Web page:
The paper proposes an outline for reporting environmental benefits of green bond investments. It provides guidance on general matters such as to report on actual impact when feasible, to distinguish between reduced and avoided emissions, and to report impact in relation to the share financed by green bonds. The paper also recommends issuers to report impact in relation to amounts disbursed and outstanding, as opposed to amounts committed.
The paper furthermore provides suggestions for metrics and indicators relevant to eight different project categories. This effort builds upon reporting approaches suggested by the Green Bond Principles and multilateral development banks, but adds indicators for categories such as clean transportation and green buildings, that have previously not been addressed.
As a first step toward approaching social impact, the paper includes a few social impact indicators on a 'nice to have' basis.
The paper has benefited from input from CICERO Center for International Climate Research, the Nordic Investment Bank, SEB, and Crédit Agricole CIB as well as several investors throughout the process.
The issuer group intends to manage the position paper as a live document, to be updated on a regular basis. The group encourages feedback and will seek to develop its methodology to provide as relevant and appropriate impact reporting as possible. Events to introduce the paper to issuers and investors are planned for a number of cities, with Frankfurt, London, Paris and Stockholm confirmed at time of the launch.
Feedback on the green bonds
In May 2014, Stockholm County Council was the first county council in Sweden to issue a green bond. The bond funded two investment projects with a particular environmental focus: the Roslagsbanan expansion programme and the new construction and renovation of Södertälje Hospital. The amount of the first green bond, which is SEK 1.1 billion, has been fully invested as of the 31st of March 2015.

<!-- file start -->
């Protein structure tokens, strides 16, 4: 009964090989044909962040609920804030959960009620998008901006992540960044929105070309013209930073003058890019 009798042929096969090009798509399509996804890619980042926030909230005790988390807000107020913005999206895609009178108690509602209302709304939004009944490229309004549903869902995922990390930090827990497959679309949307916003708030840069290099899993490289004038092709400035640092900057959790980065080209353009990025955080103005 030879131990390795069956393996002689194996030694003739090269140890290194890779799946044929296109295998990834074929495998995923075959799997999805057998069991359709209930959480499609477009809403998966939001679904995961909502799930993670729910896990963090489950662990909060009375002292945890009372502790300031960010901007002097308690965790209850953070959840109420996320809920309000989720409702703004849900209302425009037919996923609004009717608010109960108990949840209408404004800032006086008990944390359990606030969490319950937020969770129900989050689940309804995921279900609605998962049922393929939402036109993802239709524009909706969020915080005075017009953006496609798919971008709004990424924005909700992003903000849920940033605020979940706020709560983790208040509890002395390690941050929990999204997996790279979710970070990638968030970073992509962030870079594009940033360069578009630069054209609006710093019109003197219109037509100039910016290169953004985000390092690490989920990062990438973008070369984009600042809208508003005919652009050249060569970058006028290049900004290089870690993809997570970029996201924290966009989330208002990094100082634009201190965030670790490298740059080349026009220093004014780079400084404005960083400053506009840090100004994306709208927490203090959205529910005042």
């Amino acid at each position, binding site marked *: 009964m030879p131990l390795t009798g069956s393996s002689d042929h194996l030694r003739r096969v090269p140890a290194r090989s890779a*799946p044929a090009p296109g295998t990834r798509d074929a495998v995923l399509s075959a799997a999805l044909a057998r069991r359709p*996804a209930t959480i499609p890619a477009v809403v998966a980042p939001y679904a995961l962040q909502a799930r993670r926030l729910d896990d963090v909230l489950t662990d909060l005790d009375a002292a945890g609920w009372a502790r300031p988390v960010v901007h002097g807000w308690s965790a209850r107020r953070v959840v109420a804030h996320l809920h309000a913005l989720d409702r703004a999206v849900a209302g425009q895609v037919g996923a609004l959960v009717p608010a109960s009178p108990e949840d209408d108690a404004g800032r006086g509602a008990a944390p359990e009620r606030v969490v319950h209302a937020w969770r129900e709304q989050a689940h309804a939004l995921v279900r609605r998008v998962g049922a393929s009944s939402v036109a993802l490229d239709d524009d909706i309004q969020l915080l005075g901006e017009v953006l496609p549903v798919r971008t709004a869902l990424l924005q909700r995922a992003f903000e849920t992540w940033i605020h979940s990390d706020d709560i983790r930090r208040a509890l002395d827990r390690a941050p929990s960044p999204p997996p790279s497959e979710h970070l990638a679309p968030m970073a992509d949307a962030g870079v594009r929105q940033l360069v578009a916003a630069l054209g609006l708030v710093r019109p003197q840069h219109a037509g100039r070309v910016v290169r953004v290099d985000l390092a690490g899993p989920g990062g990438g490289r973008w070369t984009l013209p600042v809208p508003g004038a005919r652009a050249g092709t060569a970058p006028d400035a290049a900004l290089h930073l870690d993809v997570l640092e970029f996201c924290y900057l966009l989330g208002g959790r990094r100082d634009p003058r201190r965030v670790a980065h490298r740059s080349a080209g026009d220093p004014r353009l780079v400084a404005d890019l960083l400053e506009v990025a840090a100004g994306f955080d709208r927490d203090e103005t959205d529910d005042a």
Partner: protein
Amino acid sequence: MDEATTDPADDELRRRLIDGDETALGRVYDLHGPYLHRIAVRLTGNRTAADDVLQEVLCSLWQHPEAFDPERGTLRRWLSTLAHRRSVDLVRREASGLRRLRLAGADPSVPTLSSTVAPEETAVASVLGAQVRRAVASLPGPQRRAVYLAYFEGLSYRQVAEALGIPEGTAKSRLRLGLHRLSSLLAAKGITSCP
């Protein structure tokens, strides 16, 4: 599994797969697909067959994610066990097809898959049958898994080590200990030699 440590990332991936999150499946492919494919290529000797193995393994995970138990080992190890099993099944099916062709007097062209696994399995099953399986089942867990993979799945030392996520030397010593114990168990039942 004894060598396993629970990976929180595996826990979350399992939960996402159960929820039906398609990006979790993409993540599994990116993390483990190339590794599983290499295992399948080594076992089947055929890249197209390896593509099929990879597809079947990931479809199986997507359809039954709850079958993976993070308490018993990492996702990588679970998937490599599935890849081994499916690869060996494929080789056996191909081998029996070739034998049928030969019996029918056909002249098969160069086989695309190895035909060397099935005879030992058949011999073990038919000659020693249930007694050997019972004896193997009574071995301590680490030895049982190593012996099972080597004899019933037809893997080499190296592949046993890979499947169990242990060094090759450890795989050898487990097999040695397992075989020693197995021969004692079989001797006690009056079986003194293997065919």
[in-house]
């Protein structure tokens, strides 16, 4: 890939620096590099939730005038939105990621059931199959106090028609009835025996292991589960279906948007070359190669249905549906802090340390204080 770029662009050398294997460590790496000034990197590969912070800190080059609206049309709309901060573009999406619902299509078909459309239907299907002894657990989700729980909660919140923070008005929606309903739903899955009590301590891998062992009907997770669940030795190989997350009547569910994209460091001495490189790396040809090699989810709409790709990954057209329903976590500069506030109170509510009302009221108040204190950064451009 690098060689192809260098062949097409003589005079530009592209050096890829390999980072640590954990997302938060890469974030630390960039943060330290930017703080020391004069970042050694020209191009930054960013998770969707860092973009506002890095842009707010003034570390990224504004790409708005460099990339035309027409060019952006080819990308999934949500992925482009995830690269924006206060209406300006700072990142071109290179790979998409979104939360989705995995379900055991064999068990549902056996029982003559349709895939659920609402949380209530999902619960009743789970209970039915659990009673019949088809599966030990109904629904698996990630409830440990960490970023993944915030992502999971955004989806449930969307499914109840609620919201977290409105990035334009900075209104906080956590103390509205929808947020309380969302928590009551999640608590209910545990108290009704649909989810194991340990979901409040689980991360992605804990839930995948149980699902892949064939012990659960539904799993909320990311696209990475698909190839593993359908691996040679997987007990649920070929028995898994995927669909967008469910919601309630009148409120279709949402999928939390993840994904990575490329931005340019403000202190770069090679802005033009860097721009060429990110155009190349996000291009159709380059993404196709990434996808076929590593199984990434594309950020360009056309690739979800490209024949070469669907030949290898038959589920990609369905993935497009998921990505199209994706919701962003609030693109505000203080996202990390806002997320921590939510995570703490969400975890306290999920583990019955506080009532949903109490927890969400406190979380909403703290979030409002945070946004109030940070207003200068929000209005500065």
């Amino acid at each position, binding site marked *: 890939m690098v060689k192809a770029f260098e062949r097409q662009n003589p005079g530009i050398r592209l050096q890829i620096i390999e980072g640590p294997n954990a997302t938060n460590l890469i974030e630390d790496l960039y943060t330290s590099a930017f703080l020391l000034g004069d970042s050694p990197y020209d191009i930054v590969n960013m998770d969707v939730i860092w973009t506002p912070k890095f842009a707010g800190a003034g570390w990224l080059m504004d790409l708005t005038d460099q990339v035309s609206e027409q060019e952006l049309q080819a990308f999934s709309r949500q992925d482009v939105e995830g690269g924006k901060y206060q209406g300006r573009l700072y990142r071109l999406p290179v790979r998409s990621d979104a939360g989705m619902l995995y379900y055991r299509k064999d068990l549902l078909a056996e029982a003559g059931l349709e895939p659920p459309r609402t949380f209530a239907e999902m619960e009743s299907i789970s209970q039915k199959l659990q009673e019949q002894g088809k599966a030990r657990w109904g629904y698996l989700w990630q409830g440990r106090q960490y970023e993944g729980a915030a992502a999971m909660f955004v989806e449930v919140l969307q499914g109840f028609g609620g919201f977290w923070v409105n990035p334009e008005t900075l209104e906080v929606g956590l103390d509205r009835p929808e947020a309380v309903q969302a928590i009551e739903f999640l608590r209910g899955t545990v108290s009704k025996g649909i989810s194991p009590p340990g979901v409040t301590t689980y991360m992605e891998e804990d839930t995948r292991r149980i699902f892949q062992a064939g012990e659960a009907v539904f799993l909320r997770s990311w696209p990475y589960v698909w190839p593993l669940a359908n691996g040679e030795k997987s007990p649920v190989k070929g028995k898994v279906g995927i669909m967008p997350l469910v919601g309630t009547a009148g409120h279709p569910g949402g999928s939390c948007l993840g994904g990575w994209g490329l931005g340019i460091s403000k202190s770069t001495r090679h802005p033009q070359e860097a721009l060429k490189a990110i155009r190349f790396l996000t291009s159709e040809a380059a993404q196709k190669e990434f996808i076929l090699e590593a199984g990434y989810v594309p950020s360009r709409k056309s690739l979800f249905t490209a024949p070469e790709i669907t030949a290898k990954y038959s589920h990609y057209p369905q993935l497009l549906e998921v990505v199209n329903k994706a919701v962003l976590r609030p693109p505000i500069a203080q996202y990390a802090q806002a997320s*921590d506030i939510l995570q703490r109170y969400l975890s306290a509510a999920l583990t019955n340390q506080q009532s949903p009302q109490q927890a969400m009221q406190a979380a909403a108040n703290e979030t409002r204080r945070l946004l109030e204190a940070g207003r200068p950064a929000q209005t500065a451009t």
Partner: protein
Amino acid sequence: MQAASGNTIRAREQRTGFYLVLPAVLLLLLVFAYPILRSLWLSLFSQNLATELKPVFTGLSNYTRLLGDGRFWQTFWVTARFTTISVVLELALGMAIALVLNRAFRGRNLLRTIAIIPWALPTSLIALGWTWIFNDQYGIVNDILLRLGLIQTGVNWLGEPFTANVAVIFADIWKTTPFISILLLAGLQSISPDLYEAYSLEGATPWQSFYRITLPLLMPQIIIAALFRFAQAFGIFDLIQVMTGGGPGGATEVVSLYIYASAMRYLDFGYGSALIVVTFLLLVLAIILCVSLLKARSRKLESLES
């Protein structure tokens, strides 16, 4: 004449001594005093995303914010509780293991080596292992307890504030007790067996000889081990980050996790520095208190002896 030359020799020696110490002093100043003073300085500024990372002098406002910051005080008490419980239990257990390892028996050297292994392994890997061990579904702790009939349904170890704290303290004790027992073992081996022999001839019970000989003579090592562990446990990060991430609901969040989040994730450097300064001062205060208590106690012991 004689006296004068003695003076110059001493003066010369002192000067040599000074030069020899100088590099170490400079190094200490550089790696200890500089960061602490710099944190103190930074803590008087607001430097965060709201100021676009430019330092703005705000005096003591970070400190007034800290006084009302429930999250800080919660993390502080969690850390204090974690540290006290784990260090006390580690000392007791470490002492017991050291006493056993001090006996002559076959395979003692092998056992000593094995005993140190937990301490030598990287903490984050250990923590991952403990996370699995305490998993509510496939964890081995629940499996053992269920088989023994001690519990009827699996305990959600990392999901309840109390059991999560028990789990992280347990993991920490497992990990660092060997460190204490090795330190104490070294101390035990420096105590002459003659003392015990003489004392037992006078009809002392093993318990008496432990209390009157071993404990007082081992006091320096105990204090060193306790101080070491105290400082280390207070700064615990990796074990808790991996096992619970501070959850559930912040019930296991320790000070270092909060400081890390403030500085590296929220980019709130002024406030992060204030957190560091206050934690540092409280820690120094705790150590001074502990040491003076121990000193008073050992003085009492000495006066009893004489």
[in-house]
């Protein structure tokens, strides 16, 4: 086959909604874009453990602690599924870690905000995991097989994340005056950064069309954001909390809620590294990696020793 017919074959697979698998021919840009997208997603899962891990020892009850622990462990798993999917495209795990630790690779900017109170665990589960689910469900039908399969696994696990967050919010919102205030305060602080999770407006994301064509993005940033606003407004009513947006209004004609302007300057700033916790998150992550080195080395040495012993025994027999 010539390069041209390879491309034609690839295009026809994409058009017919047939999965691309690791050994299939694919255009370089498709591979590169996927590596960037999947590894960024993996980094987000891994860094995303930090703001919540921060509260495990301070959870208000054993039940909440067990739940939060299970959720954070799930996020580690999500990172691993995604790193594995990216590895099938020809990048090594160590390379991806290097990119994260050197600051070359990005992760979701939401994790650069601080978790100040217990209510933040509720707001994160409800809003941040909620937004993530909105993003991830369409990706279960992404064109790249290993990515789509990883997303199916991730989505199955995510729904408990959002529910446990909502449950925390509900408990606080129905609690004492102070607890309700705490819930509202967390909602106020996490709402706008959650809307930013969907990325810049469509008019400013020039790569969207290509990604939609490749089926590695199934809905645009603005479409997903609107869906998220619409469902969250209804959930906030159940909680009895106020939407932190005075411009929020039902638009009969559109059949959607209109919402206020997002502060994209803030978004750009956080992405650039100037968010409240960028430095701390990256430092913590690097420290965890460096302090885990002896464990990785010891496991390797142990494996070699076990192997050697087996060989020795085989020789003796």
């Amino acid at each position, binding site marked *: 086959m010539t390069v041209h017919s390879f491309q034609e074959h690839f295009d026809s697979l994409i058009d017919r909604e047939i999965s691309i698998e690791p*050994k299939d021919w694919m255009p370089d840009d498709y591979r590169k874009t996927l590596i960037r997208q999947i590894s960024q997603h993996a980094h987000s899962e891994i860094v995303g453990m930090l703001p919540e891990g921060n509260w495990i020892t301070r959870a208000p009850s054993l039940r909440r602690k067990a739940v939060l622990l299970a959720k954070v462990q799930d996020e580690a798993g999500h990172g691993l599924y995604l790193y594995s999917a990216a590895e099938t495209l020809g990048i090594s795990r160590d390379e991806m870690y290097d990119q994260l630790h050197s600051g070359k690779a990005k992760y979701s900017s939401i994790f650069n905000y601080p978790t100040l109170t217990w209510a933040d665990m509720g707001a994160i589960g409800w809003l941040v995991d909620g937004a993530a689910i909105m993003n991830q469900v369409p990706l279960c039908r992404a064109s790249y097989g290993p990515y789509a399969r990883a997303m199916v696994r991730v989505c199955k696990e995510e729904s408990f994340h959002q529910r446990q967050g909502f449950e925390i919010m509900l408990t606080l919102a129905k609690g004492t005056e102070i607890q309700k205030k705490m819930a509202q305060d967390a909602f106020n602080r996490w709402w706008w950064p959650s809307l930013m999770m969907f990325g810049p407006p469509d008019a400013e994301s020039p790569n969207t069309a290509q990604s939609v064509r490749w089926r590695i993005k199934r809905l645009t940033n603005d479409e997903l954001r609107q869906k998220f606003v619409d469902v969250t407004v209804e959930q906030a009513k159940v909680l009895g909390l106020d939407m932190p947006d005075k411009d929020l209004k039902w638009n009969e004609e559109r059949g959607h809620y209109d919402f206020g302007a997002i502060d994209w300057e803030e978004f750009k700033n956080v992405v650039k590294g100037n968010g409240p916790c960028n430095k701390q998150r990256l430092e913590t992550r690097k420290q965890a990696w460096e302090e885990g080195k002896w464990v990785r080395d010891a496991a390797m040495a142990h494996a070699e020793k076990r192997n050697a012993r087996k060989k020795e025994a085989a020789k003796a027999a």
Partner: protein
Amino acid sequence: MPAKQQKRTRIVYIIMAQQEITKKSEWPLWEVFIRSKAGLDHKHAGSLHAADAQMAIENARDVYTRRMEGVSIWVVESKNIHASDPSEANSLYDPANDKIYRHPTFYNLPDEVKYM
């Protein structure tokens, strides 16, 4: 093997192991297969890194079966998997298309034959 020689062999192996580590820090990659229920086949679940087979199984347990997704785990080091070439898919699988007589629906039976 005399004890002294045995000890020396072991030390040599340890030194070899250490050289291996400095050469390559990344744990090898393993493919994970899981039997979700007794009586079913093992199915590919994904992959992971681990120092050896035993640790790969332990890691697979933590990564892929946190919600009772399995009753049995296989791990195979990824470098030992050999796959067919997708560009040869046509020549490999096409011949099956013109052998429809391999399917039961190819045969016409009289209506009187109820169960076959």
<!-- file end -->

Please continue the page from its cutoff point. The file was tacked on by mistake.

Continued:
The second green bond, to the amount of SEK 1.8 billion, was issued in May 2015 and is intended for three projects: the Roslagsbanan expansion programme, the construction of New Karolinska Solna, and the new construction and reconstruction of Södertälje Hospital.
The third green bond of SEK 1.5 billion was issued in May 2016 and pertains to three projects: the construction of New Karolinska Solna, the upgrade of the Metro's Red Line and new construction and renovations at Södertälje Hospital.
In June 2017, the county council's fourth green bond was issued to the amount of SEK 2.0 billion and pertains to three projects: the construction of New Karolinska Solna, the upgrade of the Metro's Red Line and a development of a depot in Högdalen as part of the work on the expansion of the entire subway network.
The fifth green bond was issued in March 2018, at SEK 1.0 billion, for financing of the development and modernization of public transportation in Stockholm.
The table below is continuously updated with capital generated in Stockholm County Council's green investments.
New Karolinska Solna
Construction of New Karolinska Solna (NKS) was begun in the summer of 2010. In order to safeguard the very high environmental and sustainability goals that have been set, the whole project is being carried out from a sustainability perspective. One of the tools used to this end is environmental certification of the buildings. Two systems of certification are being used for NKS: the Sweden Green Building Council and the international system LEED. The aim is to achieve the Gold level in both systems. In September the fourth and final construction phase was approved for Gold level certification in accordance with the Green Building Council. A preliminary certificate can thus be issued for the entire installation after an extensive third party inspection has been carried out by the certification body Sweden Green Building Council.
One aspect of the Green Building Council system is to reduce the energy requirements of the heating, cooling and maintenance of the installation. This is being done at NKS to such a degree that much less of the energy requirements permitted by legislation (Boverket's Building Regulations) will be needed. This will mean substantial savings, both financial and environmental, since this annual reduction in energy requirements is the rough equivalent of the amount of energy used in 1,200 private homes. The fact that the energy that must still be used is 100 percent renewable and does not give rise to global warming emissions means that the maintenance of NKS will be climate-neutral.